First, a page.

“A couple of days ago, there were headlines saying South Dakota’s corn crop was unusually low this year—and they have a terrible drought—and that Nebraska was a little below normal,” says Daniel Sumner, an economist and director of the Agricultural Issues Center at the University of California, Davis. “But as of the middle of August, USDA was still projecting a normal national corn and soybean crop in the United States. And that’s because Indiana and Illinois and Iowa had relatively good crops, and are much more important in the national total, than Nebraska or South Dakota would be.”
Even if those differences average out nationally—possibly even globally, when you balance Southern Hemisphere production against the US and Western Europe, or the Americas against Central Europe and Asia—there’s a persistent sense that things are, well, wiggly. Some of the changes in productivity come from farmers’ decisions, like choosing to plant more in order to make up for a dry year, or less to mitigate the fertilizer price hikes created by Russia withholding exports. But some are unquestionably due to unpredictable weather patterns generated by climate change, which are affecting farmers’ routines as well as harming crops already in the fields.
“We’re seeing longer periods of dryness before the next rain event occurs, and that next rain event is more likely to be in the form of heavy rainfall that will end up running off” because the soil has hardened, says Beth Hall, director of the Indiana State Climate Office at Purdue University. “The success of crops this year in the US, in the broader Midwest region, was all about when farmers were able to plant their fields. Those that were planted earlier had roots deep enough that when it was dry, they could tap into some low moisture.” But if fields were muddy from rain and farmers couldn’t get into them, she adds, they planted later—and root systems were shorter and unable to keep new plants heavy before the next downpour came around.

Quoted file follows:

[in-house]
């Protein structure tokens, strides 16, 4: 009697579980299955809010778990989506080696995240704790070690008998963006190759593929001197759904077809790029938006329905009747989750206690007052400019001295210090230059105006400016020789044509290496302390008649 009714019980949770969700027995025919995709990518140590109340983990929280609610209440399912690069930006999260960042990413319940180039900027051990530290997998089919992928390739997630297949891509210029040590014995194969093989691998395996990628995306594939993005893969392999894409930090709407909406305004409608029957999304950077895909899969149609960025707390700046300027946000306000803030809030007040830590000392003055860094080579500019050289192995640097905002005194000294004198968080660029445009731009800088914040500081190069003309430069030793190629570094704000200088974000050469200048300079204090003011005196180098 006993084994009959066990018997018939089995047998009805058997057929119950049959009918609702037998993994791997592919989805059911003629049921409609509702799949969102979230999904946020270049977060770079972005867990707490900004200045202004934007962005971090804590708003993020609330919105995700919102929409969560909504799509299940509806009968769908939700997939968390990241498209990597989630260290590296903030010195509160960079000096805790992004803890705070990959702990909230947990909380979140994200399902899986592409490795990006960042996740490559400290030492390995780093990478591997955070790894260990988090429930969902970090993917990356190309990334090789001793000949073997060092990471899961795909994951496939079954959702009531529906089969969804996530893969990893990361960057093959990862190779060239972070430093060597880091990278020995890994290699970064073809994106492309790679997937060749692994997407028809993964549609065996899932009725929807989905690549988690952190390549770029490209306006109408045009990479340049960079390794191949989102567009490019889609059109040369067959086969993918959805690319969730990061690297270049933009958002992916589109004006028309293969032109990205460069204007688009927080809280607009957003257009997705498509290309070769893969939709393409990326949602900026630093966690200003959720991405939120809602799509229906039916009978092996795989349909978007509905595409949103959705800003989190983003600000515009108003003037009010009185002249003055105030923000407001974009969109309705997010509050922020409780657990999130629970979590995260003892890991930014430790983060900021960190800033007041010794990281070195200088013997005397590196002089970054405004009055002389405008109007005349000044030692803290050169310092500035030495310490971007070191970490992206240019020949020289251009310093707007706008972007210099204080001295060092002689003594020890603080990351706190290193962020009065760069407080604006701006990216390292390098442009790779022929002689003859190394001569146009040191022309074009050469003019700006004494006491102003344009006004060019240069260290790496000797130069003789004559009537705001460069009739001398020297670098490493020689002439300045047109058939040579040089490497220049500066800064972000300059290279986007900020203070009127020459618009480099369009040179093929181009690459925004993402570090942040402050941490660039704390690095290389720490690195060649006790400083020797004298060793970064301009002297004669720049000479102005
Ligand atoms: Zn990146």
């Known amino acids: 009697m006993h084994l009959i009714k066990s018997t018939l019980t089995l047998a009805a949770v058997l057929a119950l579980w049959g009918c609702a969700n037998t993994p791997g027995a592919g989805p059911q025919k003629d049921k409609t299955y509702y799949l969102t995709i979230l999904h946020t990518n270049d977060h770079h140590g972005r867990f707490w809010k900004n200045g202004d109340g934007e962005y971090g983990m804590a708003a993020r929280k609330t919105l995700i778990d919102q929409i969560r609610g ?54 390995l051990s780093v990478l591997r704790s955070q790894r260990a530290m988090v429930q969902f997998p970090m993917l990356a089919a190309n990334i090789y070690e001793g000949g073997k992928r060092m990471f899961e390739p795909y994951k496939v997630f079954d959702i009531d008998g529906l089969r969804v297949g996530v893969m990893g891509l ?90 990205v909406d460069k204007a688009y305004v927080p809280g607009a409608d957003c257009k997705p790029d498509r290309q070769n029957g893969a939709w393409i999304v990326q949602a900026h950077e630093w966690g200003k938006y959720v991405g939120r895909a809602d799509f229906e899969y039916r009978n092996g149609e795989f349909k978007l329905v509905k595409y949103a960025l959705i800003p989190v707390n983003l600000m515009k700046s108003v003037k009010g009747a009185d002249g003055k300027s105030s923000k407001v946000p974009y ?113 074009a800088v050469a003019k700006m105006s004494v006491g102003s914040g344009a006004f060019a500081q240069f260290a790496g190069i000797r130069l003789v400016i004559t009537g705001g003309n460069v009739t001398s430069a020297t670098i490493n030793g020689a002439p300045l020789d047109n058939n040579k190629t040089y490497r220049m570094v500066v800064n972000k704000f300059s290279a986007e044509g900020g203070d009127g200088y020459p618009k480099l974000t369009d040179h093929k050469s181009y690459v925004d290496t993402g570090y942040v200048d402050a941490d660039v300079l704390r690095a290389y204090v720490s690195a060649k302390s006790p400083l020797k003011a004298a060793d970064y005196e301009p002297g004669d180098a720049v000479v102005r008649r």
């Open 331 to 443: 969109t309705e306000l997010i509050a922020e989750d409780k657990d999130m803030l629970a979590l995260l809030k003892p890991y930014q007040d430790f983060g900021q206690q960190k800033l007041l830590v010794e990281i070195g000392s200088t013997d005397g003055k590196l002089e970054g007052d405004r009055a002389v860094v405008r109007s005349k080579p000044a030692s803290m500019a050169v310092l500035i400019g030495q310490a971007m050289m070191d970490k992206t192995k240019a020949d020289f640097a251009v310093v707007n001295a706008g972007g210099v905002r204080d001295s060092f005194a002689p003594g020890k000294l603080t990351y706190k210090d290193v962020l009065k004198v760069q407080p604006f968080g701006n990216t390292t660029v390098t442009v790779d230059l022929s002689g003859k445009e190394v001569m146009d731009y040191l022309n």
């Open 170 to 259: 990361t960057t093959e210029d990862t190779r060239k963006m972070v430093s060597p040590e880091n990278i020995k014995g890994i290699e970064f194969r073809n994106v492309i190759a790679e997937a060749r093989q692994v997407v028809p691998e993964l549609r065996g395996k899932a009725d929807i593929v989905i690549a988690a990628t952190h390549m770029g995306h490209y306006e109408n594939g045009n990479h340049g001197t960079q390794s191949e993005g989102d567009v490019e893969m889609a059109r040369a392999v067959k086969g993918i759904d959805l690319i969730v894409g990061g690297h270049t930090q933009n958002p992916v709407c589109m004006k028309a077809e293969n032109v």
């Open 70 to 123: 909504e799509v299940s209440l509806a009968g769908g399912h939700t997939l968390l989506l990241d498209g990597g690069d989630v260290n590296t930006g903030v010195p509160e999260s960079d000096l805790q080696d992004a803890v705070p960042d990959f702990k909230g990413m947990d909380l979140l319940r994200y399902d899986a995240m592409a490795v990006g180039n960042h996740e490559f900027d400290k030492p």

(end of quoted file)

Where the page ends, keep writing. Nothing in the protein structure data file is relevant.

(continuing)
Of course, farmers have always fretted about the weather. The challenge for crop experts right now is determining whether droughts and other disturbances—and the crop shortfalls they may cause—add up to a predictable trend. That’s especially important because, while productivity might not look bad overall, there isn’t much surplus grain stock thanks to scattered droughts last year and the supply shock of Ukraine’s breadbasket being temporarily locked out of the global food system.
“The key thing about stocks is that, if you have a drought, you can use them to keep prices reasonable—because when they get very low, prices get volatile,” says Joseph Glauber, a senior research fellow at the nonprofit International Food Policy Research Institute and former chief economist at the USDA. “I think people were hoping that stock levels would be rebuilt, essentially that we’d have really large crops this year. But there are these drought and weather disruptions around the world, though all the shoes haven’t fallen yet.”
No one who works in crop economics has forgotten that high grain prices more than a decade ago were the spark of civil unrest around the world: riots in Haiti, South America, and South Asia in 2008 and 2009, and the Arab Spring in 2010. And no one thinks things are that bad, yet. “It’s very easy to underestimate how flexible production can be,” Sumner says. “The current droughts don’t yet look nearly as severe as we’ve seen at least a half a dozen times in my career.”